A U.K. money laundering prevention expert was found guilty Wednesday of allowing criminals to use his company to launder the proceeds of an £850,000 (U.S. $1.2 million) investment fraud that resulted in dozens of victims being ripped off.

Dominic Thorncroft was chair of the Association of UK Payment Institutions for 14 years and worked with lawmakers and financial regulators providing anti-money laundering advice and training. In 2014, he allowed fraudsters to use his money services business to transfer criminal proceeds from an investment scam overseas.

When police began their investigation in 2016, they found evidence on his laptop that showed Thorncroft’s company had received money from over 60 individuals who were defrauded via a telephone salesman pushing “get rich quick” schemes that did not exist. Most of that money was then transferred out of Thorncroft’s account and onto the fraudsters based in Hong Kong and China.

Thorncroft was known to have met with one of the fraud suspects and even had a copy of the suspect’s passport. He failed to disclose that information to the police despite a legal obligation—which he ought to have known about since he was also the company’s money laundering reporting officer—to do so.

He also knowingly transferred £265,000 to one of the fraudsters, despite that person being subject to a serious crime prevention order which should have prohibited them from remitting money overseas.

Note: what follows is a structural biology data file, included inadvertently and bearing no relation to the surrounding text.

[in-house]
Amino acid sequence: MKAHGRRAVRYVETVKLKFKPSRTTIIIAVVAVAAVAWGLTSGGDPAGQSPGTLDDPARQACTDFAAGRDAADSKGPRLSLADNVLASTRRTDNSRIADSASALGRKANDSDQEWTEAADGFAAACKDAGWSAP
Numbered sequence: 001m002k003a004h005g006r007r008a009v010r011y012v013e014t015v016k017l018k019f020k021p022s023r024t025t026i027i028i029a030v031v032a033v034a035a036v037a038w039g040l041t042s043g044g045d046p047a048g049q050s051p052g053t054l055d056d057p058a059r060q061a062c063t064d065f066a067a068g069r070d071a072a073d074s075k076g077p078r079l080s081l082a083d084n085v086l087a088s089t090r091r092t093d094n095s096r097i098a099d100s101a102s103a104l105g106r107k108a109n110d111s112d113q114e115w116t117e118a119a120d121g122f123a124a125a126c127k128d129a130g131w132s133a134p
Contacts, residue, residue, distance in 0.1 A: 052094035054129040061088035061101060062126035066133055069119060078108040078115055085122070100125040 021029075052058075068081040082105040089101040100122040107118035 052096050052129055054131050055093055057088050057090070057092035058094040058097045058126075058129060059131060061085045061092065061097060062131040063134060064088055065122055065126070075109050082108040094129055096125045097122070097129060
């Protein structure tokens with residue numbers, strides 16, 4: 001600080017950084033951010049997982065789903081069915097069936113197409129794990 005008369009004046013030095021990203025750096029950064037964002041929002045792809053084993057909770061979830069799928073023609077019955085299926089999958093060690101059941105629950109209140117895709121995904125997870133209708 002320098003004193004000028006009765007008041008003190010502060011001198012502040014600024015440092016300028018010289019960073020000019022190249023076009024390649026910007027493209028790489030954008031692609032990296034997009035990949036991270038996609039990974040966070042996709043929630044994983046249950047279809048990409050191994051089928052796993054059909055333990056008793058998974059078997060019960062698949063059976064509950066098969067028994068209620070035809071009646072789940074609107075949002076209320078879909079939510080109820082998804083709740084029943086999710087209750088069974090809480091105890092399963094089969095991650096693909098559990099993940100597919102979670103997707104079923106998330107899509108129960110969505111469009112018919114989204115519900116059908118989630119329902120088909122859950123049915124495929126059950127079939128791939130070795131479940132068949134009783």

Thorncroft was found guilty of six charges: breaching U.K. money laundering regulations, failing to submit a suspicious activity report, and four counts of retaining unlawful credit—some £16,000 from four of the victims he helped con.

He will be sentenced at Southwark Crown Court on July 30.

“If Thorncroft had complied with his own company policies then he would not have been prosecuted,” said Detective Sergeant Mark Hoddinott from the Metropolitan Police Service’s specialist economic crime unit in a statement. “Instead, he paid absolutely no regards to his overriding duty to anti-money regulations. Consequently, many individuals suffered great financial loss and considerable personal trauma.”